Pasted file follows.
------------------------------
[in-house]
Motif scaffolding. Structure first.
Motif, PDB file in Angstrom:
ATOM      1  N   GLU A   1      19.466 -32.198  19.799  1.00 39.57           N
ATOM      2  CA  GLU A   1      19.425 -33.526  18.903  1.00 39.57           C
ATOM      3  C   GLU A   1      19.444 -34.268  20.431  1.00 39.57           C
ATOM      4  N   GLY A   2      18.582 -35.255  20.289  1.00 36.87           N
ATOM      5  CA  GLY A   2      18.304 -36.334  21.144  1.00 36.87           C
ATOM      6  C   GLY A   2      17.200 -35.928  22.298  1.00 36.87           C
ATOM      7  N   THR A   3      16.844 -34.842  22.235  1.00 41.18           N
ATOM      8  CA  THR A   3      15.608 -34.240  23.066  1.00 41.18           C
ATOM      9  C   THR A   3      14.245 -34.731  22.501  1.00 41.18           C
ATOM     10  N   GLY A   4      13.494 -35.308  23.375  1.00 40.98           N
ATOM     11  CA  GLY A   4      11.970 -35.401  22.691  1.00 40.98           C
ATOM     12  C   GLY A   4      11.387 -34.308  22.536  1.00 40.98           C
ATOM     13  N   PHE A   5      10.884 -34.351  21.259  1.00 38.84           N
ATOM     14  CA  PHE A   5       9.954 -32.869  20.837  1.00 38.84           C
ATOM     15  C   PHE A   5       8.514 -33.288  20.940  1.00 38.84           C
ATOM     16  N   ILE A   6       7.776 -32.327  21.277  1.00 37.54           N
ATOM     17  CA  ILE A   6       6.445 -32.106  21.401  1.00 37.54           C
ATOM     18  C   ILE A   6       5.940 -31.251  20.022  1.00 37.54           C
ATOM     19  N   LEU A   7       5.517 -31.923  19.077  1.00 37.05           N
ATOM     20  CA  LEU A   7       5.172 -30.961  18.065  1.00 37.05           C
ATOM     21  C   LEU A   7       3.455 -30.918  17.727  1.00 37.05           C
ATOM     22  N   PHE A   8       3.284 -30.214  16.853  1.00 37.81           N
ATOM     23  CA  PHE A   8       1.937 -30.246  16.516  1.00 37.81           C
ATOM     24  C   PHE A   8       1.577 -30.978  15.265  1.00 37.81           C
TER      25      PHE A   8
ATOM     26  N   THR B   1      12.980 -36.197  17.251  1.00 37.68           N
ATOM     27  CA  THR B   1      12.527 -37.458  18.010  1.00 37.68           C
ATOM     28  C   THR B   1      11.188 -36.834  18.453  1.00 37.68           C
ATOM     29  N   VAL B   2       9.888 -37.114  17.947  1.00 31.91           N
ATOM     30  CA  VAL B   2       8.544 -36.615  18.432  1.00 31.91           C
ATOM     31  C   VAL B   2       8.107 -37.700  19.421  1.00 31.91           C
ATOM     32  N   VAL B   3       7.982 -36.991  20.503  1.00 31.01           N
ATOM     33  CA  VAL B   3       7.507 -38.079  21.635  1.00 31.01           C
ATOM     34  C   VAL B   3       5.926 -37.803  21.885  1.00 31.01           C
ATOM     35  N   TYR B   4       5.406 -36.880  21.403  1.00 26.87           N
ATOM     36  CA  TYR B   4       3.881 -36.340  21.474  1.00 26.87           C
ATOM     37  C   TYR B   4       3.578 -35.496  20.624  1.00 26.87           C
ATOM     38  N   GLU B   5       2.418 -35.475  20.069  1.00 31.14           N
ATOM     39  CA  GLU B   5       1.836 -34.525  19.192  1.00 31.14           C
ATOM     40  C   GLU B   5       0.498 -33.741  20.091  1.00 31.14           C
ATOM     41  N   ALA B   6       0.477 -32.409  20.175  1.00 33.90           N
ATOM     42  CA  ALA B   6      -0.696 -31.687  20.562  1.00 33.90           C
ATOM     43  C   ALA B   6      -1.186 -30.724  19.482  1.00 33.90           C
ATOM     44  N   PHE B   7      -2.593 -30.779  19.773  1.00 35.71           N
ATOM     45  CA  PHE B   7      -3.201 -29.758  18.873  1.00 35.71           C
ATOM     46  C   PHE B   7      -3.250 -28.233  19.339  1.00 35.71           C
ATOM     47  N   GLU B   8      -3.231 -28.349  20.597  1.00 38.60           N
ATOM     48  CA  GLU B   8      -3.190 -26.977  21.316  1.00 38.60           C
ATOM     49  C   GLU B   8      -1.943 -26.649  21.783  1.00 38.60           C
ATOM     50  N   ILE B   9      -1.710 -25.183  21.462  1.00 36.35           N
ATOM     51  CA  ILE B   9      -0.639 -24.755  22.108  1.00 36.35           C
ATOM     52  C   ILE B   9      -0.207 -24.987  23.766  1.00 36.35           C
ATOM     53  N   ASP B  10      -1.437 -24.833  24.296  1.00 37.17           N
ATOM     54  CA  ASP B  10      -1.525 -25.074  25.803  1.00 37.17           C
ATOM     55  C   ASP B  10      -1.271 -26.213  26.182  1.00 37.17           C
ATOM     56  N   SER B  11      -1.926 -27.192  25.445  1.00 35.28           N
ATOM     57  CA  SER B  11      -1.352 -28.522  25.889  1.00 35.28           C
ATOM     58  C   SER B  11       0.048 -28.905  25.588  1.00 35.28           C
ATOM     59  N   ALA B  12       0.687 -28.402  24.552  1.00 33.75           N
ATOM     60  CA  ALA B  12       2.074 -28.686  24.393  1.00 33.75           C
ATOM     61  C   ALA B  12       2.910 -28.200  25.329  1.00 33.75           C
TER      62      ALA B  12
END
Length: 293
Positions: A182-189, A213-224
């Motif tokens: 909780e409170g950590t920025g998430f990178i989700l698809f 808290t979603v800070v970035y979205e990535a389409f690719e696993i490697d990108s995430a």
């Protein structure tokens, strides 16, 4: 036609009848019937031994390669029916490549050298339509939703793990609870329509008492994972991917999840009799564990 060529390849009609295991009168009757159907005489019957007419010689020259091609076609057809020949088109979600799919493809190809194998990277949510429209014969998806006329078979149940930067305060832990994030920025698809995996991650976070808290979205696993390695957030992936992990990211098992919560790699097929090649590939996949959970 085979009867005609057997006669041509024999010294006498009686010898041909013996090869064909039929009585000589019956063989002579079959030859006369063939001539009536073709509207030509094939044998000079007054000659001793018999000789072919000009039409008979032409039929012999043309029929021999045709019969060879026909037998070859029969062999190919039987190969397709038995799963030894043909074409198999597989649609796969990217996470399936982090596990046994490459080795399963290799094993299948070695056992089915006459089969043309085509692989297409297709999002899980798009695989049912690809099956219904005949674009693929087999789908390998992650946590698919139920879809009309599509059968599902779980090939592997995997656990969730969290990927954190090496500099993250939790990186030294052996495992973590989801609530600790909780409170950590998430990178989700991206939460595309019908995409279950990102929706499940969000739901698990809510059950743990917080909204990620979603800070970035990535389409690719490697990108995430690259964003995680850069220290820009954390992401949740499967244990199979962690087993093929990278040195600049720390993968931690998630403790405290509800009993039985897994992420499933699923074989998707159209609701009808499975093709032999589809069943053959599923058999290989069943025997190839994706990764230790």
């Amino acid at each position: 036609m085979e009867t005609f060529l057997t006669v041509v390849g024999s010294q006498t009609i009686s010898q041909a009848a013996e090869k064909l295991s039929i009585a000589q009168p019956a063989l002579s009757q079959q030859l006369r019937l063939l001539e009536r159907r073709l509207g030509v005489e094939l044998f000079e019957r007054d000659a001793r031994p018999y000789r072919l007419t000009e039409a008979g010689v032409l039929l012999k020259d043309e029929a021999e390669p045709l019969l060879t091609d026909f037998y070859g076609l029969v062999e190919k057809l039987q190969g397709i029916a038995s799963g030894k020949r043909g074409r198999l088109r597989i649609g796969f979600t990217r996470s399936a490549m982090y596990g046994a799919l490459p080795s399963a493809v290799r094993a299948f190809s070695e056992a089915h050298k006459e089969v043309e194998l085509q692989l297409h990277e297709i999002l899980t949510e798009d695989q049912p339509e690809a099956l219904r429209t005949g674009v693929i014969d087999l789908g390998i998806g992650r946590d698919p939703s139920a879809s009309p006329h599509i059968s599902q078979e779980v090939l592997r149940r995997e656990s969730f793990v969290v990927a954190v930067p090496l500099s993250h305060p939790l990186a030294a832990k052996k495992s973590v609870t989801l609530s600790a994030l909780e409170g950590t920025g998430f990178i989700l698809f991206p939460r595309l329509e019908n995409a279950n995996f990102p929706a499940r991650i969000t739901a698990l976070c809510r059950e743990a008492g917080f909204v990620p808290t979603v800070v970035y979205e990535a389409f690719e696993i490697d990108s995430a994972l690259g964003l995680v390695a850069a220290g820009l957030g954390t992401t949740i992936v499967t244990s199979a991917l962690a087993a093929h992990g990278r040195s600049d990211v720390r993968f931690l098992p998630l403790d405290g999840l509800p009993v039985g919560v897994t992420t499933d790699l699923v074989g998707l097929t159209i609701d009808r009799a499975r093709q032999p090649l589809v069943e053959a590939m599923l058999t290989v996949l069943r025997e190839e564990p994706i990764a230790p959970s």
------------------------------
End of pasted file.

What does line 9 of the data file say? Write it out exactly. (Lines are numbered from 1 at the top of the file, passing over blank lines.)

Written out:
ATOM      6  C   GLY A   2      17.200 -35.928  22.298  1.00 36.87           C